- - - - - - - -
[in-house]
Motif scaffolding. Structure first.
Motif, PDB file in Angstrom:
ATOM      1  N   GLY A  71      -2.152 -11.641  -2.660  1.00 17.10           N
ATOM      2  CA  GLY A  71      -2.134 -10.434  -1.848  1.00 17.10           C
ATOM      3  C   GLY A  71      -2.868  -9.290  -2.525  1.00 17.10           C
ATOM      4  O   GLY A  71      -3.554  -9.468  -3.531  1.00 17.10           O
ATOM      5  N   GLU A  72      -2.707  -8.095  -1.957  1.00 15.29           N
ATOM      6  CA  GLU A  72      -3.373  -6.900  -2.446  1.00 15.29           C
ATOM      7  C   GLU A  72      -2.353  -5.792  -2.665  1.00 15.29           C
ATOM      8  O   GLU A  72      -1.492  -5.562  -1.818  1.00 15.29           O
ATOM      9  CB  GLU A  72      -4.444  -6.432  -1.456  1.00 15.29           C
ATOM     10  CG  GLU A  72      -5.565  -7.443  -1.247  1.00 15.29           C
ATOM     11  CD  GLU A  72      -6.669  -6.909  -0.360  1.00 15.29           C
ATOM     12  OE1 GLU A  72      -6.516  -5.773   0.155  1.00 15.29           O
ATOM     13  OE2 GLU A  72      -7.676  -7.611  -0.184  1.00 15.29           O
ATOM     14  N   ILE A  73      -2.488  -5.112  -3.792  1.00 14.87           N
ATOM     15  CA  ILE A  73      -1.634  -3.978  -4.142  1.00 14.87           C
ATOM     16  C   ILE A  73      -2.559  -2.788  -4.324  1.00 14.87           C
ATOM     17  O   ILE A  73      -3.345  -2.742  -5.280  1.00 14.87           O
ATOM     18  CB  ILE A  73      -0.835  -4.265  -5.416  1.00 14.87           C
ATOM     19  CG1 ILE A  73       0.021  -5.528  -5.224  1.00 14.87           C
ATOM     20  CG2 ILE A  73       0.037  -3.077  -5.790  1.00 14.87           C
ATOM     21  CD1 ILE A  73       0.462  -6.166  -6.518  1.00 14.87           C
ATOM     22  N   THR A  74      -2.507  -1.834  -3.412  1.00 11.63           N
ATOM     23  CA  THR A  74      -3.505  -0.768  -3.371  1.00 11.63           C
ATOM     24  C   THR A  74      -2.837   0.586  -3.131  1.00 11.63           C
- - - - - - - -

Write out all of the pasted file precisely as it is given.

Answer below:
[in-house]
Motif scaffolding. Structure first.
Motif, PDB file in Angstrom:
ATOM      1  N   GLY A  71      -2.152 -11.641  -2.660  1.00 17.10           N
ATOM      2  CA  GLY A  71      -2.134 -10.434  -1.848  1.00 17.10           C
ATOM      3  C   GLY A  71      -2.868  -9.290  -2.525  1.00 17.10           C
ATOM      4  O   GLY A  71      -3.554  -9.468  -3.531  1.00 17.10           O
ATOM      5  N   GLU A  72      -2.707  -8.095  -1.957  1.00 15.29           N
ATOM      6  CA  GLU A  72      -3.373  -6.900  -2.446  1.00 15.29           C
ATOM      7  C   GLU A  72      -2.353  -5.792  -2.665  1.00 15.29           C
ATOM      8  O   GLU A  72      -1.492  -5.562  -1.818  1.00 15.29           O
ATOM      9  CB  GLU A  72      -4.444  -6.432  -1.456  1.00 15.29           C
ATOM     10  CG  GLU A  72      -5.565  -7.443  -1.247  1.00 15.29           C
ATOM     11  CD  GLU A  72      -6.669  -6.909  -0.360  1.00 15.29           C
ATOM     12  OE1 GLU A  72      -6.516  -5.773   0.155  1.00 15.29           O
ATOM     13  OE2 GLU A  72      -7.676  -7.611  -0.184  1.00 15.29           O
ATOM     14  N   ILE A  73      -2.488  -5.112  -3.792  1.00 14.87           N
ATOM     15  CA  ILE A  73      -1.634  -3.978  -4.142  1.00 14.87           C
ATOM     16  C   ILE A  73      -2.559  -2.788  -4.324  1.00 14.87           C
ATOM     17  O   ILE A  73      -3.345  -2.742  -5.280  1.00 14.87           O
ATOM     18  CB  ILE A  73      -0.835  -4.265  -5.416  1.00 14.87           C
ATOM     19  CG1 ILE A  73       0.021  -5.528  -5.224  1.00 14.87           C
ATOM     20  CG2 ILE A  73       0.037  -3.077  -5.790  1.00 14.87           C
ATOM     21  CD1 ILE A  73       0.462  -6.166  -6.518  1.00 14.87           C
ATOM     22  N   THR A  74      -2.507  -1.834  -3.412  1.00 11.63           N
ATOM     23  CA  THR A  74      -3.505  -0.768  -3.371  1.00 11.63           C
ATOM     24  C   THR A  74      -2.837   0.586  -3.131  1.00 11.63           C